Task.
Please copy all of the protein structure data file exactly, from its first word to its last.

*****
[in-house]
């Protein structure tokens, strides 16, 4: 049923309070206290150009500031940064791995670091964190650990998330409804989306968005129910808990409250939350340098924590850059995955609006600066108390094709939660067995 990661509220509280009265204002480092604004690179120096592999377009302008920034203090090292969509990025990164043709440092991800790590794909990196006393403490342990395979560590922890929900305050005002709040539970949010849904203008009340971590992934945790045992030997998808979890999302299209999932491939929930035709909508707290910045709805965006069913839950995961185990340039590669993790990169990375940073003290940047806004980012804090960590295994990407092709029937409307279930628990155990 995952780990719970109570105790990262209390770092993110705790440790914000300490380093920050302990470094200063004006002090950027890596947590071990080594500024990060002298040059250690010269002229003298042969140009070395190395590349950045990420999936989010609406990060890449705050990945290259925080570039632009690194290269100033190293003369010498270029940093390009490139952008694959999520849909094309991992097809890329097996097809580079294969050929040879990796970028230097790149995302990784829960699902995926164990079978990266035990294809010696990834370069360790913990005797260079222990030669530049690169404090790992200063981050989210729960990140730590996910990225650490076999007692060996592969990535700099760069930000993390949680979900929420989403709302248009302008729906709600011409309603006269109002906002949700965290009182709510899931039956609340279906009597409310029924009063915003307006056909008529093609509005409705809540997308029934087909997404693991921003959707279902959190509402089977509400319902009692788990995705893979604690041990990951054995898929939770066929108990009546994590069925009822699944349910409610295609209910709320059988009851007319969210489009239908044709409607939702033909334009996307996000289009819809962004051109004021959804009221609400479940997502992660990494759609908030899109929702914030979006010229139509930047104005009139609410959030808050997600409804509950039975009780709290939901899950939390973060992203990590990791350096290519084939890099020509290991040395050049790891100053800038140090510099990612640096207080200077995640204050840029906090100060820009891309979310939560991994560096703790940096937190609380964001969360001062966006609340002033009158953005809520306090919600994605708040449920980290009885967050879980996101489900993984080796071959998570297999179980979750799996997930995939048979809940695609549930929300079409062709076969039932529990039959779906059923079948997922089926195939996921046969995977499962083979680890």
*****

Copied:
[in-house]
């Protein structure tokens, strides 16, 4: 049923309070206290150009500031940064791995670091964190650990998330409804989306968005129910808990409250939350340098924590850059995955609006600066108390094709939660067995 990661509220509280009265204002480092604004690179120096592999377009302008920034203090090292969509990025990164043709440092991800790590794909990196006393403490342990395979560590922890929900305050005002709040539970949010849904203008009340971590992934945790045992030997998808979890999302299209999932491939929930035709909508707290910045709805965006069913839950995961185990340039590669993790990169990375940073003290940047806004980012804090960590295994990407092709029937409307279930628990155990 995952780990719970109570105790990262209390770092993110705790440790914000300490380093920050302990470094200063004006002090950027890596947590071990080594500024990060002298040059250690010269002229003298042969140009070395190395590349950045990420999936989010609406990060890449705050990945290259925080570039632009690194290269100033190293003369010498270029940093390009490139952008694959999520849909094309991992097809890329097996097809580079294969050929040879990796970028230097790149995302990784829960699902995926164990079978990266035990294809010696990834370069360790913990005797260079222990030669530049690169404090790992200063981050989210729960990140730590996910990225650490076999007692060996592969990535700099760069930000993390949680979900929420989403709302248009302008729906709600011409309603006269109002906002949700965290009182709510899931039956609340279906009597409310029924009063915003307006056909008529093609509005409705809540997308029934087909997404693991921003959707279902959190509402089977509400319902009692788990995705893979604690041990990951054995898929939770066929108990009546994590069925009822699944349910409610295609209910709320059988009851007319969210489009239908044709409607939702033909334009996307996000289009819809962004051109004021959804009221609400479940997502992660990494759609908030899109929702914030979006010229139509930047104005009139609410959030808050997600409804509950039975009780709290939901899950939390973060992203990590990791350096290519084939890099020509290991040395050049790891100053800038140090510099990612640096207080200077995640204050840029906090100060820009891309979310939560991994560096703790940096937190609380964001969360001062966006609340002033009158953005809520306090919600994605708040449920980290009885967050879980996101489900993984080796071959998570297999179980979750799996997930995939048979809940695609549930929300079409062709076969039932529990039959779906059923079948997922089926195939996921046969995977499962083979680890």